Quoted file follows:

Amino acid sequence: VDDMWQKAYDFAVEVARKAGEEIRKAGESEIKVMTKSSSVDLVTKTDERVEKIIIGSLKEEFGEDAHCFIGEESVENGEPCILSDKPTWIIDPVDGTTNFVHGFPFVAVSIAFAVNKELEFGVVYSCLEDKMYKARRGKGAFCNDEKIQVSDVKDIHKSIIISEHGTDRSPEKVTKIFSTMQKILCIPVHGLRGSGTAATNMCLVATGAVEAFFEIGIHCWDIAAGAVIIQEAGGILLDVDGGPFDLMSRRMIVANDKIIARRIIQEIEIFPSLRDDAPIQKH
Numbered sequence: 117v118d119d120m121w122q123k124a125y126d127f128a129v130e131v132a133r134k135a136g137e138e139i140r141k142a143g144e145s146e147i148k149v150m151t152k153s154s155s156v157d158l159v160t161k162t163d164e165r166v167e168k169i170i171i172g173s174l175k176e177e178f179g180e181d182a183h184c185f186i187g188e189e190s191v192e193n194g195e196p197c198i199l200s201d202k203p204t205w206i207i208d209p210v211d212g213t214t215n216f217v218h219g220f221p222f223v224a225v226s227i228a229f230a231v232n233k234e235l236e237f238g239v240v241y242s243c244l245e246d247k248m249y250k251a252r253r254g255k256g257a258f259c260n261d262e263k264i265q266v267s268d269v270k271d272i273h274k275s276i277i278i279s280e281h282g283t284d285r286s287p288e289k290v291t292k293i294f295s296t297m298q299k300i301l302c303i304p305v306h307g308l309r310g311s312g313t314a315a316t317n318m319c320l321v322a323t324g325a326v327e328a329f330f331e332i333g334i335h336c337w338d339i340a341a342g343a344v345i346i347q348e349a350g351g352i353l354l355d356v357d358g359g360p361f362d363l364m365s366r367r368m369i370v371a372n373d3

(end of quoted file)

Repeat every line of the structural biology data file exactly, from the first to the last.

Amino acid sequence: VDDMWQKAYDFAVEVARKAGEEIRKAGESEIKVMTKSSSVDLVTKTDERVEKIIIGSLKEEFGEDAHCFIGEESVENGEPCILSDKPTWIIDPVDGTTNFVHGFPFVAVSIAFAVNKELEFGVVYSCLEDKMYKARRGKGAFCNDEKIQVSDVKDIHKSIIISEHGTDRSPEKVTKIFSTMQKILCIPVHGLRGSGTAATNMCLVATGAVEAFFEIGIHCWDIAAGAVIIQEAGGILLDVDGGPFDLMSRRMIVANDKIIARRIIQEIEIFPSLRDDAPIQKH
Numbered sequence: 117v118d119d120m121w122q123k124a125y126d127f128a129v130e131v132a133r134k135a136g137e138e139i140r141k142a143g144e145s146e147i148k149v150m151t152k153s154s155s156v157d158l159v160t161k162t163d164e165r166v167e168k169i170i171i172g173s174l175k176e177e178f179g180e181d182a183h184c185f186i187g188e189e190s191v192e193n194g195e196p197c198i199l200s201d202k203p204t205w206i207i208d209p210v211d212g213t214t215n216f217v218h219g220f221p222f223v224a225v226s227i228a229f230a231v232n233k234e235l236e237f238g239v240v241y242s243c244l245e246d247k248m249y250k251a252r253r254g255k256g257a258f259c260n261d262e263k264i265q266v267s268d269v270k271d272i273h274k275s276i277i278i279s280e281h282g283t284d285r286s287p288e289k290v291t292k293i294f295s296t297m298q299k300i301l302c303i304p305v306h307g308l309r310g311s312g313t314a315a316t317n318m319c320l321v322a323t324g325a326v327e328a329f330f331e332i333g334i335h336c337w338d339i340a341a342g343a344v345i346i347q348e349a350g351g352i353l354l355d356v357d358g359g360p361f362d363l364m365s366r367r368m369i370v371a372n373d3